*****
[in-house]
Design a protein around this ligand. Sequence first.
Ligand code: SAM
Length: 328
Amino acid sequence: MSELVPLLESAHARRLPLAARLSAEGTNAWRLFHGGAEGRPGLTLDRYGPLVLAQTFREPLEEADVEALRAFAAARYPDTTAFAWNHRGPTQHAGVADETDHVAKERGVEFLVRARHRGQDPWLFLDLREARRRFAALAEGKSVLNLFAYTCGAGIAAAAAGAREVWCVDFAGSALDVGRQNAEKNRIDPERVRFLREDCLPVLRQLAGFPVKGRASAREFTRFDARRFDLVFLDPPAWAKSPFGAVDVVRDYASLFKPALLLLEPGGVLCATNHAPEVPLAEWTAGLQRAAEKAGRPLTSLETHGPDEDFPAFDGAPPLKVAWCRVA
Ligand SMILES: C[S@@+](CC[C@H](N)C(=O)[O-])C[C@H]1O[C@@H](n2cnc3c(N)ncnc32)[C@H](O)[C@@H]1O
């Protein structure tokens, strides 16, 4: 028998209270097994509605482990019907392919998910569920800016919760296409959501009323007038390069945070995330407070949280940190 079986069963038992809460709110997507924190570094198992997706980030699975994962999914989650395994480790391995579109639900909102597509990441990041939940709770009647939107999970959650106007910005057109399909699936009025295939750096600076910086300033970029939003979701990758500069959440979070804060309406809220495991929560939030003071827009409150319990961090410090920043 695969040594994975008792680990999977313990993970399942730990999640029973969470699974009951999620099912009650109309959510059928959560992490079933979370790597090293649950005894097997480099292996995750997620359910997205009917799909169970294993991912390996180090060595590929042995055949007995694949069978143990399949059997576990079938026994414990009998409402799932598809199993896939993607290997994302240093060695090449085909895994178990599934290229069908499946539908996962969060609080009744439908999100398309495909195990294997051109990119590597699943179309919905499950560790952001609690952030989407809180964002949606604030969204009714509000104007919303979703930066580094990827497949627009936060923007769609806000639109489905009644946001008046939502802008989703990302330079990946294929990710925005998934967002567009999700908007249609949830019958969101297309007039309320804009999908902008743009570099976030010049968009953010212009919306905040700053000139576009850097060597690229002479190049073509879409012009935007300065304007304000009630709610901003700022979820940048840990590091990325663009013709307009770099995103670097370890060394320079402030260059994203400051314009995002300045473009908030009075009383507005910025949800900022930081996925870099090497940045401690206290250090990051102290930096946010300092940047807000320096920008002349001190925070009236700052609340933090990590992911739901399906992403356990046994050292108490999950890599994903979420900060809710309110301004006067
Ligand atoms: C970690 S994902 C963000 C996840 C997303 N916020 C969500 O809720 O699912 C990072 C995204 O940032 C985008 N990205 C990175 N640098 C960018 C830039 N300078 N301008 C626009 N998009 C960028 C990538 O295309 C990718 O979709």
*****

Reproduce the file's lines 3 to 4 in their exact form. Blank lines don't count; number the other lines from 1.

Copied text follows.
Ligand code: SAM
Length: 328